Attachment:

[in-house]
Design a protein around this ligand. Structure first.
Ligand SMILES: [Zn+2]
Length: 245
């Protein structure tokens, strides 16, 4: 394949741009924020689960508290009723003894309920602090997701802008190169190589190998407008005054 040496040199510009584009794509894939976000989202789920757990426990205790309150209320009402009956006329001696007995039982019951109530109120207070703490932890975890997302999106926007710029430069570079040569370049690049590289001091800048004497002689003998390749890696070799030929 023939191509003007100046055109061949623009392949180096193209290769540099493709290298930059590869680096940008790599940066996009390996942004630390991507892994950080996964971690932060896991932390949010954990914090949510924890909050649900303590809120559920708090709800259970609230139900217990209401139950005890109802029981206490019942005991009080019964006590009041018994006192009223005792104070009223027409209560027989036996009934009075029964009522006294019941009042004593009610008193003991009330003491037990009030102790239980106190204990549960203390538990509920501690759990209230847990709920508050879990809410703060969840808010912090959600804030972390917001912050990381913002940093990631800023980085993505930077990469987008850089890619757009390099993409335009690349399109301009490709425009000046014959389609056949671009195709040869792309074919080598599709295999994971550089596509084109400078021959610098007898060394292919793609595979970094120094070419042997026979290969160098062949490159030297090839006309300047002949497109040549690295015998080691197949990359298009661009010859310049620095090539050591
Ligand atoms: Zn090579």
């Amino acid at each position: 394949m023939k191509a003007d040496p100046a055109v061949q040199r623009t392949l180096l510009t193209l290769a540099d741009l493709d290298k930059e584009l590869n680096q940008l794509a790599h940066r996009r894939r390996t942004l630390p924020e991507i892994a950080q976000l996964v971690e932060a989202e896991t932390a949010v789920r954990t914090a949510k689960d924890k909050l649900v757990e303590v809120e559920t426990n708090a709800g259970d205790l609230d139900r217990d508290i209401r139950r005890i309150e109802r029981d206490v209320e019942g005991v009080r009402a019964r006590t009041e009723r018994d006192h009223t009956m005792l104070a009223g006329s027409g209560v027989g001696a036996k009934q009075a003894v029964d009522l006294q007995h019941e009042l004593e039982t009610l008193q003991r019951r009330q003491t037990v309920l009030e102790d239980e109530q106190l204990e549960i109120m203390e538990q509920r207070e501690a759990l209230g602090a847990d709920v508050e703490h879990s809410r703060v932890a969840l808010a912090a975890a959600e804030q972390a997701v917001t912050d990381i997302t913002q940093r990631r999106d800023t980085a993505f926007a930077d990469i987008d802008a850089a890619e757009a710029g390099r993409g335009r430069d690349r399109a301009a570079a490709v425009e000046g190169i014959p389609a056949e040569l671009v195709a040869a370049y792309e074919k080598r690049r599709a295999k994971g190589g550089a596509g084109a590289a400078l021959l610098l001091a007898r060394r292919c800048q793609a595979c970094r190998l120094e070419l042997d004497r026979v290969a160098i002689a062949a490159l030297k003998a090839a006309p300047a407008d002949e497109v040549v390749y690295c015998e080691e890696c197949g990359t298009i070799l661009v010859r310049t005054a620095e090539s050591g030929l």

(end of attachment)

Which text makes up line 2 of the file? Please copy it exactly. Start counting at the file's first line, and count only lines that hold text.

Design a protein around this ligand. Structure first.